Gasoline Prices, a Source of Pain Last Year, Have Come Way Down
Americans who fill up their cars this Memorial Day weekend will catch a break — at least compared with a year ago, when gasoline prices were soaring.
The national average price for regular gasoline is a full dollar a gallon lower than a year ago. Drivers paid over $4.60 in May 2022, and prices had reached $5 by the second week of June. This week, they paid just over $3.50 a gallon for regular gasoline, according to AAA, the motor club.
Many energy experts said they expected prices to stay around these levels for much of the summer, barring a major disruption to global oil supplies.
Because gasoline prices are posted on street corners on big colorful signs, they can have a powerful psychological impact on consumers, especially on middle- and lower-income people who tend to drive older, less fuel-efficient vehicles and spend a larger proportion of their income on energy than affluent people.
“Who wouldn’t be happy to save the money?” said Eddie White, 46, who uses his pickup truck to make deliveries and offer rides through Uber. Filling up at least once a day, Mr. White, who lives in the Houston area, said he was saving roughly $420 a week. He is using that money to pay for classes that will help him become an insurance adjuster.
Aaron Hawkins, 22, manages a phone store and serves in the Army Reserve. His Reserve duties require him to drive regularly between Houston and Baton Rouge, La. He said he was saving between $150 and $200 a month on gas.
“It’s a lot better for everyone,” he said of the lower prices.
Prices spiked last year after Russia invaded Ukraine in February. Oil traders had expected Russian exports to fall because of the sanctions imposed on the country by the United States and its allies in response to the invasion.
The war is still grinding on, but Russia has found a way to keep selling its oil, though at heavily discounted prices, primarily to China and India. As a result, global oil supplies remain plentiful. It also helped that the United States and other industrialized countries released oil from their strategic reserves when prices were surging.
At the same time, demand has not shot up for oil and the fuels produced from it. In the United States, use of motor fuels hasn’t changed much from last year and has yet to recover to prepandemic levels. But that may be starting to change. Gasoline demand climbed over the last month, and AAA predicts a 7 percent increase in holiday weekend travel from last year.
Because supply was stronger and demand was weaker than many traders and analysts had expected, the US benchmark oil price gradually fell from around $120 a barrel last summer to around $72 a barrel on Thursday.
Prices spiked briefly last month after Saudi Arabia, Russia and other major oil producers announced that they would cut production by 1.1 million barrels a day, or slightly more than 1 percent of global supplies.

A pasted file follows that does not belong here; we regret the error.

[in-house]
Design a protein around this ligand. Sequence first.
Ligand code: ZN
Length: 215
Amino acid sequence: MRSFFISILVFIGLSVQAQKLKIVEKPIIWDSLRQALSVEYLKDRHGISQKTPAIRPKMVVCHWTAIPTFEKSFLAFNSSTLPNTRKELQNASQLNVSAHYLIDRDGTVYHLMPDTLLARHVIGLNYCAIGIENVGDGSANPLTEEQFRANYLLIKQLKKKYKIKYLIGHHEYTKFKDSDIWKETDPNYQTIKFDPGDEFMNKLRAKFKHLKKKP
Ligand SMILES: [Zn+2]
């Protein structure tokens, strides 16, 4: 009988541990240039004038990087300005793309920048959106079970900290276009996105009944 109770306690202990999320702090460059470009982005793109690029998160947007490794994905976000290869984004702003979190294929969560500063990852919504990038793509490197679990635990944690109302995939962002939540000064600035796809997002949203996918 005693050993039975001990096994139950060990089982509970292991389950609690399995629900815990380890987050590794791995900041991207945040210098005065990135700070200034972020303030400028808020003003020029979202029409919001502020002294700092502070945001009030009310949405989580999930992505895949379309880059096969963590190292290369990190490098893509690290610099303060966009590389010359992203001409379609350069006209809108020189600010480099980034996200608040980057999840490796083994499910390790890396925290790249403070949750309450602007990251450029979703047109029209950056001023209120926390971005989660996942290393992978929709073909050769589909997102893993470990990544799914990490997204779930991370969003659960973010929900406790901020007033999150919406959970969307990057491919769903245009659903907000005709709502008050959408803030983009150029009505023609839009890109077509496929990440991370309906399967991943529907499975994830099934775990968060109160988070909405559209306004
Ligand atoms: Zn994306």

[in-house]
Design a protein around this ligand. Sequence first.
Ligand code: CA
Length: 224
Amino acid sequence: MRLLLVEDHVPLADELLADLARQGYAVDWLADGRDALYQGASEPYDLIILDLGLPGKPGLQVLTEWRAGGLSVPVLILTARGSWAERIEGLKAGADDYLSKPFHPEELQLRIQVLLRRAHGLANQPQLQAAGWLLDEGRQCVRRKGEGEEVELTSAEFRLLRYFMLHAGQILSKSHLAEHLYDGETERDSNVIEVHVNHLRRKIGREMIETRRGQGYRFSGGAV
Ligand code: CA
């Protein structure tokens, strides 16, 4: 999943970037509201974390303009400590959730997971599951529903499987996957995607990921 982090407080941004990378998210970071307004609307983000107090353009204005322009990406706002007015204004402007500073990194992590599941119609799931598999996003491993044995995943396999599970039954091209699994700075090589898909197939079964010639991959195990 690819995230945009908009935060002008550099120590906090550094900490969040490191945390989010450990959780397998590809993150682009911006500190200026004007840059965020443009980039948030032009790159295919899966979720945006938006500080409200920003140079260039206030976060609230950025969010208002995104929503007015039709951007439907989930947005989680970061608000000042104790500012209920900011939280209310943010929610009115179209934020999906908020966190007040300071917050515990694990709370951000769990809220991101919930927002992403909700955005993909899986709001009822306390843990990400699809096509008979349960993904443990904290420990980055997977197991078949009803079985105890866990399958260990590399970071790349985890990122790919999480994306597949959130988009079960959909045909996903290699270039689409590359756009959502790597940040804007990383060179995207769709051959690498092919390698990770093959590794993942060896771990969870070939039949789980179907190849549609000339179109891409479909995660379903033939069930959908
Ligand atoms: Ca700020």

But that rally sputtered out, and oil prices have been falling in recent weeks. Many traders are increasingly concerned that the Federal Reserve’s interest rate increases, designed to bring down inflation, will slow the economy and might cause a recession. Central banks in Europe are also pursuing similar policies.
Fears of a recession have also grown in recent weeks because of the halting of debt ceiling negotiations between President Biden and House Republicans. Elsewhere, signs that China and India, the world’s most populous countries, are not buying as much fuel as expected have also put a damper on oil prices, according to a report by the Eurasia Group, a research and consulting firm.
“Last year, you had higher growth in demand and lower growth in supply,” said Linda Giesecke, the head of demand analysis at ESAI Energy, a consulting firm. “This year, demand and supply are relatively evenly balanced.”
After nearly two years of contending with high inflation, many Americans appear to have changed how and where they buy gasoline and diesel, said Tom Kloza, the global head of energy analysis at Oil Price Information Service. Many people have started buying fuel at big-box retailers, which often offer lower prices than independent gas stations.
“The Costcos, the BJs, the Sam’s Clubs, the Buc-ees, the supermarkets, all took market share from 2020 to 2022, and they are not giving it up,” Mr. Kloza said. “It’s tougher for the little guy out there,” he added, referring to gas stations that use the brands of major oil companies like Exxon and Chevron but are typically owned by families or small businesses.
Warehouse stores and other large retailers can offer lower prices because they negotiate the best deals with refiners and buy their gasoline in bulk.
Another factor dampening prices is the growing popularity of electric vehicles. Battery-powered vehicles could become increasingly important in reducing demand for fossil fuels and limiting climate change over the next decade.
Patrick De Haan, the head of petroleum analysis for GasBuddy, a company that tracks gas prices, said he expected the national average price for regular gas to stay under $4 a gallon this summer. He estimated that consumers would spend $1.6 billion less than last year on gasoline over Memorial Day weekend. The Energy Department recently estimated that the average national price for gasoline this summer would be $3.40 a gallon, about 20 percent lower than last year.
Of course, prices vary widely across the country, in part because of the differences in state gas taxes and the cost of real estate, labor and other expenses. The Energy Department estimated that the average price of gasoline on the West Coast would be $4.30 a gallon this summer, about 90 cents above the national average.
Gasoline prices are typically highest between April and September, when people drive more. In addition, summer-grade gasoline tends to be more expensive to produce because pollution regulations require that it be blended differently.